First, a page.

I grow progressively annoyed following the Regents and Commissioner King on Twitter as they tour schools throughout the state tweeting out the wonders they see as they observe the implementation of the Common Core Standards. With public education in our state in the saddest condition in my memory, with an Albany bureaucracy totally unresponsive to educators and parents, with Chancellor Tisch singing the praises of charter schools as a prelude to lifting the cap on their number, with state aid yet to return to pre-financial crisis levels, why are public schools welcoming to these pretenders? Why aren’t there organized protests wherever they go? Why don’t we find ways to manifest our contempt for their management of New York’s public schools? To welcome them is to pretend that all is well and to make us accomplices to the havoc they have wrought.

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Kids Evaluating Teachers?

News this week that New York’s education commissioner and maybe our governor are pushing for student questionnaires as part of the annual professional performance review procedures for teachers throughout the state. Cuomo has promised to revisit teacher evaluation in the coming year. Having created the current farcical evaluation process with the assistance of our state union, our brain trust in Albany appears determined to make the system even more nonsensical by placing teacher evaluation points in the hands of students and having their teachers ingratiate themselves to receive them. Adding such a measure to the mathematical stupidity of tying student performance on standardized tests to the evaluation will surely raise the bar for teacher performance and cause teachers to improve their instruction significantly. It can’t help but close the achievement gap and make more kids college and career ready. One has to suspect that Chancellor Tisch is on board with this latest foolishness, otherwise Commissioner King would never have mentioned it to the press.

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In Memoriam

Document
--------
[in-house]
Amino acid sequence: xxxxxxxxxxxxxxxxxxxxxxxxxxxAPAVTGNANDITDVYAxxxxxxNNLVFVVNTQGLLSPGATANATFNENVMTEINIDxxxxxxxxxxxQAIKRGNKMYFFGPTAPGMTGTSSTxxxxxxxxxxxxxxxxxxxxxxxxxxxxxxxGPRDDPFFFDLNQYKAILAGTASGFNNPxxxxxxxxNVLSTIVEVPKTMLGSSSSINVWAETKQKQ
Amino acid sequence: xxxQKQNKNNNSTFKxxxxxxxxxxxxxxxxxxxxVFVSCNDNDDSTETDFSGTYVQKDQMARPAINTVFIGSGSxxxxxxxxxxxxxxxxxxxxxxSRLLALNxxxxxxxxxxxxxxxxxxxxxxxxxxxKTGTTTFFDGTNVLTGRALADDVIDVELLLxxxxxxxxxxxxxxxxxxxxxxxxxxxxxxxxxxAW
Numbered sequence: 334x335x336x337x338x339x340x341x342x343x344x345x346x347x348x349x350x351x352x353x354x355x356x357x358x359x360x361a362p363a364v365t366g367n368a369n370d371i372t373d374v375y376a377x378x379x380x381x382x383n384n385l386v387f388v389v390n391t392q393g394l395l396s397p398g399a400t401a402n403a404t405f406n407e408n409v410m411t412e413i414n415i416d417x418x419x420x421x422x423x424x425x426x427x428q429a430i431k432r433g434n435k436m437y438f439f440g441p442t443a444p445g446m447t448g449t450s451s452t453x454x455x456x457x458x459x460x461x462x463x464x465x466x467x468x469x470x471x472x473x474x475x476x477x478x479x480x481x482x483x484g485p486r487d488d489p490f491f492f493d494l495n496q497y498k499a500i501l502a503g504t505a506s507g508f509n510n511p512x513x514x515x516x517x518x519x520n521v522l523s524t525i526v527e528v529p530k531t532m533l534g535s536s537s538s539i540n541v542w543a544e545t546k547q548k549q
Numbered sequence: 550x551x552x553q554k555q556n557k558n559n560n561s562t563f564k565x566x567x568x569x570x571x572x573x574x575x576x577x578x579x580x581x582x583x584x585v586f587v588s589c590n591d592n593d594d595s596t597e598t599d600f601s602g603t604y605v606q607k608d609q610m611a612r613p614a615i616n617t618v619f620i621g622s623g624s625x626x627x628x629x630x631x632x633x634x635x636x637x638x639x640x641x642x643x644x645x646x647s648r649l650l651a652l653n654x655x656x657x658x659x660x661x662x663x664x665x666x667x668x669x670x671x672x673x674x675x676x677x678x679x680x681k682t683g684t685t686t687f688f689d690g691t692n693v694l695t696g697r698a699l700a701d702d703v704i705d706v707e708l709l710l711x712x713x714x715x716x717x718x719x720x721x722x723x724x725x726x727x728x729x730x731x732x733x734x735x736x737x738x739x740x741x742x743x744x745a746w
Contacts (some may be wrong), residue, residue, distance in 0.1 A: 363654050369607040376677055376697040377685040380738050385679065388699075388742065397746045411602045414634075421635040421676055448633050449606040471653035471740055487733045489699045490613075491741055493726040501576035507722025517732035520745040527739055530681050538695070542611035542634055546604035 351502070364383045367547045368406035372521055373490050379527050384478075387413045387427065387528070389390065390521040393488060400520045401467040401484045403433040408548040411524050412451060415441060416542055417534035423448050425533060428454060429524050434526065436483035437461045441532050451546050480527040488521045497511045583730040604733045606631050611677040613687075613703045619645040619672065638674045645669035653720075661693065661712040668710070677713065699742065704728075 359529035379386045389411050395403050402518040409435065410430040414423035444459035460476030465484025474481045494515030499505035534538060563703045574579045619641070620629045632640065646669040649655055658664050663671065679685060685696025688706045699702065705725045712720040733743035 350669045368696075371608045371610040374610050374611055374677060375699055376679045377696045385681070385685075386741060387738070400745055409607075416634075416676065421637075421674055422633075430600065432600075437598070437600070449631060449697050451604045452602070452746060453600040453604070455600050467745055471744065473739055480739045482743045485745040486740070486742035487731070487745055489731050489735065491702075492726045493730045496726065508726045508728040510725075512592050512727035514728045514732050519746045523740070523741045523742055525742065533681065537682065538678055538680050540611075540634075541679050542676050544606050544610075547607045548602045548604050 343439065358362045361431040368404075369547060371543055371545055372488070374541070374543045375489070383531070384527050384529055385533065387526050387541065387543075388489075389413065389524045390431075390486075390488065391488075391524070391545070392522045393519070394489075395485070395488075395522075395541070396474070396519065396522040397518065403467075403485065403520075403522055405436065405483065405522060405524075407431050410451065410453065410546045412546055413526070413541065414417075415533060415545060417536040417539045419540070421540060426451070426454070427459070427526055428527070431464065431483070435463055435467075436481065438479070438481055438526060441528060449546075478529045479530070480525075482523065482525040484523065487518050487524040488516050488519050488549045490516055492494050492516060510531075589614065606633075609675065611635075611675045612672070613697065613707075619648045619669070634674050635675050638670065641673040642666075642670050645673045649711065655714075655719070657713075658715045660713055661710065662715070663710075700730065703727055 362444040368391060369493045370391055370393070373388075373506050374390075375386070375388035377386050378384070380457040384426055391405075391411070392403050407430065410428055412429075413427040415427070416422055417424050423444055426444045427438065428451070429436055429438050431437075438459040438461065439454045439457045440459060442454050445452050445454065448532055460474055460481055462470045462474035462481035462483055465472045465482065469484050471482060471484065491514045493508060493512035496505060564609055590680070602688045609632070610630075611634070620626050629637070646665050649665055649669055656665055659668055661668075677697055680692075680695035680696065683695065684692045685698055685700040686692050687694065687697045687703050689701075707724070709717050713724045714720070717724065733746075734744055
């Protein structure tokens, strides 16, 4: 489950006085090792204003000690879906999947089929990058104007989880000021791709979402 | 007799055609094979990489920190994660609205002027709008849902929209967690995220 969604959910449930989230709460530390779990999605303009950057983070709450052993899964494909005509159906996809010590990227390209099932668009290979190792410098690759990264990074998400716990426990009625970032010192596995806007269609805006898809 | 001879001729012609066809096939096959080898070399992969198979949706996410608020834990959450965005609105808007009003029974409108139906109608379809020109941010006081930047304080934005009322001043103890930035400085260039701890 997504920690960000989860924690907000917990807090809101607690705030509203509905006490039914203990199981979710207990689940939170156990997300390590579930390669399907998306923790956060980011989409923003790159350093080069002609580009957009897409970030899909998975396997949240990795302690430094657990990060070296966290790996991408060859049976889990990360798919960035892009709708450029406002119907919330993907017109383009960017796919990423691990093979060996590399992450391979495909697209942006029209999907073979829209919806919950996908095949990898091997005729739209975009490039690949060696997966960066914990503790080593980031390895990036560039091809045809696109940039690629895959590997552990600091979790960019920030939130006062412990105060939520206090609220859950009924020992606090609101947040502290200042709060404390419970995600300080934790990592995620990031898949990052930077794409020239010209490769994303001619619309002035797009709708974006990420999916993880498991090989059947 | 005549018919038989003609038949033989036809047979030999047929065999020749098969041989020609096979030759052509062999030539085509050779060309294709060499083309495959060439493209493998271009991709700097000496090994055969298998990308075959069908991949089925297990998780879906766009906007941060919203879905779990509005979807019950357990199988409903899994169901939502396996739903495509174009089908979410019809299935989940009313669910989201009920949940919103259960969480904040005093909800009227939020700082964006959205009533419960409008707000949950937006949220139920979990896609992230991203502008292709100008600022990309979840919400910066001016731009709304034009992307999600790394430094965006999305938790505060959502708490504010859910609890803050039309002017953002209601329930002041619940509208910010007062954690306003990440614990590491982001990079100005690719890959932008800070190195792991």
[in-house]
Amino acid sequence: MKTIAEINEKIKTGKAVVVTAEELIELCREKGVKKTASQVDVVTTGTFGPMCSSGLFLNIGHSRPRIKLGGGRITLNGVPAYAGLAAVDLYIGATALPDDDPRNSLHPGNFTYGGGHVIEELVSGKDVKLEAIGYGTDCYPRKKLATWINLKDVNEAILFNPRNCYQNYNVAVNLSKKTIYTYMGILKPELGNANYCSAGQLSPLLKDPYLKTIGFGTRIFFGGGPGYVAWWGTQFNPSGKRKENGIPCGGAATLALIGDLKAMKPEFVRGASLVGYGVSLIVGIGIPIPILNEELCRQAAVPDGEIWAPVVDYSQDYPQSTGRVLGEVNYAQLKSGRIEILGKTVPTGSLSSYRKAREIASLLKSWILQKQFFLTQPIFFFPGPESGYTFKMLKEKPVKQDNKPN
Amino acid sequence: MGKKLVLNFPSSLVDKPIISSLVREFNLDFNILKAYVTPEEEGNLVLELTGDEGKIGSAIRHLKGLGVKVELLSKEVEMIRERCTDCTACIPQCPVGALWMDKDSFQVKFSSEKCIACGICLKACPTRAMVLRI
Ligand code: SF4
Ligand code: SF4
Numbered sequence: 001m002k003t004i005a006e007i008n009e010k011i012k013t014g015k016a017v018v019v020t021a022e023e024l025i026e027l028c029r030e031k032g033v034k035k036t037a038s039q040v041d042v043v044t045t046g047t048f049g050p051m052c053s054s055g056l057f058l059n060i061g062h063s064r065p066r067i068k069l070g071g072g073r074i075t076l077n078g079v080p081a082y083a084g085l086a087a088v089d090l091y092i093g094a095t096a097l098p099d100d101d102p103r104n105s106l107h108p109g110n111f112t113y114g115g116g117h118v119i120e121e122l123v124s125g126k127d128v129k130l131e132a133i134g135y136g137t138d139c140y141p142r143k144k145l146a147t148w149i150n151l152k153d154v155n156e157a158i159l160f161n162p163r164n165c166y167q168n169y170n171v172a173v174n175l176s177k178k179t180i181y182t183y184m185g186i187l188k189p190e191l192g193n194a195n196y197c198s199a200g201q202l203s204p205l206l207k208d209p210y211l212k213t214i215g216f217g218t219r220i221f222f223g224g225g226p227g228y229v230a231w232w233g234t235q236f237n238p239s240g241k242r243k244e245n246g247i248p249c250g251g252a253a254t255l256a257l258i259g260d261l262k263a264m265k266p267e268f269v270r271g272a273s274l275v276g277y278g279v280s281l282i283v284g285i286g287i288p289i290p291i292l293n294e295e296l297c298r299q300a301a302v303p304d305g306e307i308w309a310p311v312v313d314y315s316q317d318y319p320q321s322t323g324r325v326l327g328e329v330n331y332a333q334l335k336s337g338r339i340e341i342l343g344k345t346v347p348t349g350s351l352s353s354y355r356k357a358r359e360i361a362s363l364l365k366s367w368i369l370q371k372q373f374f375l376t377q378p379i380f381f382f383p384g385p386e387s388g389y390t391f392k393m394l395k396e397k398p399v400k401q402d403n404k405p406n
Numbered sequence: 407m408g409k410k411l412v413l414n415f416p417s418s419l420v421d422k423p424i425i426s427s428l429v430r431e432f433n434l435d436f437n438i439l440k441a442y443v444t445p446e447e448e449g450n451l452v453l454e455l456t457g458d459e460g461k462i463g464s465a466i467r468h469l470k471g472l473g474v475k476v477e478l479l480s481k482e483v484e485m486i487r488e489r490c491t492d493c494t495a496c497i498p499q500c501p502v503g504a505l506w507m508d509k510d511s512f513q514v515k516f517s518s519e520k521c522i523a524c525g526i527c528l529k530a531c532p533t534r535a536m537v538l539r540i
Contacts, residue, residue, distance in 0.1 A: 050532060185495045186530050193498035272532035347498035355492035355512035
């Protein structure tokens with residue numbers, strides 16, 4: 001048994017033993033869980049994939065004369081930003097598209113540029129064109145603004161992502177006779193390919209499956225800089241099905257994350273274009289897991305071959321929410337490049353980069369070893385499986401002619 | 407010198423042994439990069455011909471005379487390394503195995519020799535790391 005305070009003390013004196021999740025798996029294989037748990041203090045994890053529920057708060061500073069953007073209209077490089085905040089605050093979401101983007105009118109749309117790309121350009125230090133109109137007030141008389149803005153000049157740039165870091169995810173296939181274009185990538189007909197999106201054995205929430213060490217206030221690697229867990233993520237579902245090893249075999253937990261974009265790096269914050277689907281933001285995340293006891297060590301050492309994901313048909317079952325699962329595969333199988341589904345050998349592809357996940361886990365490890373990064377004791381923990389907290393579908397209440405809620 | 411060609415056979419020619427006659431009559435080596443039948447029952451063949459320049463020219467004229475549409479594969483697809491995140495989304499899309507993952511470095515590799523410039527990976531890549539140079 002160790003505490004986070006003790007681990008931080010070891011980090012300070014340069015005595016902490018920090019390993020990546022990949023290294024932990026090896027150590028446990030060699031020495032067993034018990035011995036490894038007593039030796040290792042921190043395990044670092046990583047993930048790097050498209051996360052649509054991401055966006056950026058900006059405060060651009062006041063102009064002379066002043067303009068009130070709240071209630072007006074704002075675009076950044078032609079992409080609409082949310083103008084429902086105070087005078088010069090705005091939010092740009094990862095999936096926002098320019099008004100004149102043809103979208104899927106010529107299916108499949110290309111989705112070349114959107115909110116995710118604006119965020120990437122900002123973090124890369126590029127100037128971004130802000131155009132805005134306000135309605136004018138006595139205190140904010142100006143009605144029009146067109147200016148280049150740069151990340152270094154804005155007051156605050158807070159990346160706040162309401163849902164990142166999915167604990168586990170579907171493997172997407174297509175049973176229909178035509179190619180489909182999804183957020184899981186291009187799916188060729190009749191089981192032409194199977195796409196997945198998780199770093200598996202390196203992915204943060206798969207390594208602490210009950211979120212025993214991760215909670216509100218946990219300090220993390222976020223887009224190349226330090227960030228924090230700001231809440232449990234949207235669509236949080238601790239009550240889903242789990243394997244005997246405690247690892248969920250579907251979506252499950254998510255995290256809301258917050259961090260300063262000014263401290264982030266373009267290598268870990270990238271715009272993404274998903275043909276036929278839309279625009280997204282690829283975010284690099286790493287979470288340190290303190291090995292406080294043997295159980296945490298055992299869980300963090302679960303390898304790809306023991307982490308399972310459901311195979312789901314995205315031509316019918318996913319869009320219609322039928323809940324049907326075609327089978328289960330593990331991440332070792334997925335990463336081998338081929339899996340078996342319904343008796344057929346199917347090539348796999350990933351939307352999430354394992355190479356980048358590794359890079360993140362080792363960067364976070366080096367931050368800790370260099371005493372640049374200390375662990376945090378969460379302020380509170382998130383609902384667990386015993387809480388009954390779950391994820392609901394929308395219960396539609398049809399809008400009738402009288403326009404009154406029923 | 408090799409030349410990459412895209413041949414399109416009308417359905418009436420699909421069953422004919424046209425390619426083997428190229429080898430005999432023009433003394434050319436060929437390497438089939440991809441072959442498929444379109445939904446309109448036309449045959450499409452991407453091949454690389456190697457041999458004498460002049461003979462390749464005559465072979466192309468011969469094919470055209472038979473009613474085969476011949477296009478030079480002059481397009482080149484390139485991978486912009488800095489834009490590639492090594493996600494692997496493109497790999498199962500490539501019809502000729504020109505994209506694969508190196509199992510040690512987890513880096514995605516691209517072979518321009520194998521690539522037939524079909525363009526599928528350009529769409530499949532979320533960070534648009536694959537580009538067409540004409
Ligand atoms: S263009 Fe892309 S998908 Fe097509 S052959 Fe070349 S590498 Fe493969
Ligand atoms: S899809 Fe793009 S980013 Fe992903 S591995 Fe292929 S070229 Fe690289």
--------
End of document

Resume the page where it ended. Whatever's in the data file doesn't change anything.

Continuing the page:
On Monday night I learned of the death of the first superintendent I worked for in Plainview-Old Bethpage, Robert Savitt. I don’t often write anything approaching an obituary, especially for managers I have worked with over my long career. Yet, something about Dr. Savitt seems important to be commented upon in these dark days for public education.

I met Dr. Savitt for the first time when he interviewed me for a high school teaching job. I was told the interview was essentially pro forma in that both the head of personnel and the high school principal wanted me. That turned out to be poor preparation for the interview that ensued. After an exchange of greetings, Savitt, my application in hand, asked me about my recent Peace Corps. The more I talked about it, the more questions he had to the point that I almost forgot that I was there to interview for a job as I gradually drifted into an interesting conversation with a very interesting person I somehow happened to meet. Who expected to enjoy oneself at a job interview?

“Is there such a thing as African literature?” By this time I was already one hour into my pro forma interview. Before it was over, we agreed that I would work up an outline for an African literature senior elective, prepare a book order and get ready to teach the course that spring – all in a school I had not taught a day in as yet.

That’s the Dr. Savitt I remember – always looking for something new and interesting – something to build his stature to be sure. Teachers and administrators from other school districts were always visiting us to see what we were doing. I remember too the battles we fought against him. He never really happily accepted the existence of our union. There was a strike shortly before I came and one almost immediately thereafter, and he galled us by writing articles and giving speeches on how to tame the newly emergent teacher unions like ours. Paul Rubin, our president at the time, would purposely malaprop his name to Dr. Savage, and yet I could tell they had a grudging respect for one another.